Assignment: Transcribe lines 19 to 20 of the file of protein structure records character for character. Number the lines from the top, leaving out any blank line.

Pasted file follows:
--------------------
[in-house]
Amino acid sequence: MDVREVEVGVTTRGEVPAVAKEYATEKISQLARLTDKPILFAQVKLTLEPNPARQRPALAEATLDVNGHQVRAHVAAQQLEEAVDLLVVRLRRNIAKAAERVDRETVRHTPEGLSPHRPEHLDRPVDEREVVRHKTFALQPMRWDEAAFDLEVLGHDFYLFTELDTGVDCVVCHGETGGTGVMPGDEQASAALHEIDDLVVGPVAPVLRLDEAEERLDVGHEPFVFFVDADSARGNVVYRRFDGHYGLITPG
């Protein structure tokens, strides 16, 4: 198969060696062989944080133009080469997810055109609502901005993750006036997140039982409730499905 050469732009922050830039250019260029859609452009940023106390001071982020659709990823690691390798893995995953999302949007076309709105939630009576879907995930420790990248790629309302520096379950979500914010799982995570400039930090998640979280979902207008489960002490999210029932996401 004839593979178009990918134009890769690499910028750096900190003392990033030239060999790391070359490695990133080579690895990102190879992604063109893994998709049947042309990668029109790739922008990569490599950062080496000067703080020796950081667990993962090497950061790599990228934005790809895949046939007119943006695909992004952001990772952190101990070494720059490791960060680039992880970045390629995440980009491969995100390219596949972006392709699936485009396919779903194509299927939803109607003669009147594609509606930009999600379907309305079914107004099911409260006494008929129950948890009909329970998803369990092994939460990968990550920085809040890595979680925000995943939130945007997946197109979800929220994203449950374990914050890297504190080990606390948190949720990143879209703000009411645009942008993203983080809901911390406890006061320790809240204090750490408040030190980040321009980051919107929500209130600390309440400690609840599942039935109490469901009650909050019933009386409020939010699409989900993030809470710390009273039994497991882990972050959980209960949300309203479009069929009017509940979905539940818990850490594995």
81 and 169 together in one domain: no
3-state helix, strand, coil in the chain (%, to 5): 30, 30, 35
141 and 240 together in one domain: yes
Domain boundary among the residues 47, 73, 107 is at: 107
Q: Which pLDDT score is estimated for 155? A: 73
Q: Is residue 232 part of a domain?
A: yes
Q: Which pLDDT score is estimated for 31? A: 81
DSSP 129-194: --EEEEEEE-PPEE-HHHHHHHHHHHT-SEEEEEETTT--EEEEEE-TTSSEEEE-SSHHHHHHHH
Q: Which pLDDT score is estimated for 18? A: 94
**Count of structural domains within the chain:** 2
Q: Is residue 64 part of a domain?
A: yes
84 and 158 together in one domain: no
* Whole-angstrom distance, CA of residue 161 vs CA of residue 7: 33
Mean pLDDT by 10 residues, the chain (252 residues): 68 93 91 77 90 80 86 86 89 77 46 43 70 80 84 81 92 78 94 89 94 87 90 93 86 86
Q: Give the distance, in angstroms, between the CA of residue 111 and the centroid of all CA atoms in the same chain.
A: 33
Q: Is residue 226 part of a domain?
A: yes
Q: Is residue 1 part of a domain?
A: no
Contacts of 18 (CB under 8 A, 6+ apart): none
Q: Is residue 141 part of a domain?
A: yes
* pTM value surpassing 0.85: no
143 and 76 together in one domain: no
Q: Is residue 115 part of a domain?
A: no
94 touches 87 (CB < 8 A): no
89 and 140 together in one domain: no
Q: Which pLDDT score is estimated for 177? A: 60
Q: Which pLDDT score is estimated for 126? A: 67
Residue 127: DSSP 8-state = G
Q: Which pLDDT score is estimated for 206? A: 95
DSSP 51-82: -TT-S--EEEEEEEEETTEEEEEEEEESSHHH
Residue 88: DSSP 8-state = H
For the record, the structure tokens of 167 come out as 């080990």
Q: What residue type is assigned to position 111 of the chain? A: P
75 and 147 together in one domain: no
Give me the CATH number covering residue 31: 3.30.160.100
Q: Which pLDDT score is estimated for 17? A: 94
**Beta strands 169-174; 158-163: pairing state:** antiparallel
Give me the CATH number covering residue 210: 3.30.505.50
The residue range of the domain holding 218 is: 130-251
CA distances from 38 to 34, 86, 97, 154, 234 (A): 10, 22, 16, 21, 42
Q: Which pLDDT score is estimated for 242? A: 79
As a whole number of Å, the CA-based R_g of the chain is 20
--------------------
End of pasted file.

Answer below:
Mean pLDDT by 10 residues, the chain (252 residues): 68 93 91 77 90 80 86 86 89 77 46 43 70 80 84 81 92 78 94 89 94 87 90 93 86 86
Q: Give the distance, in angstroms, between the CA of residue 111 and the centroid of all CA atoms in the same chain.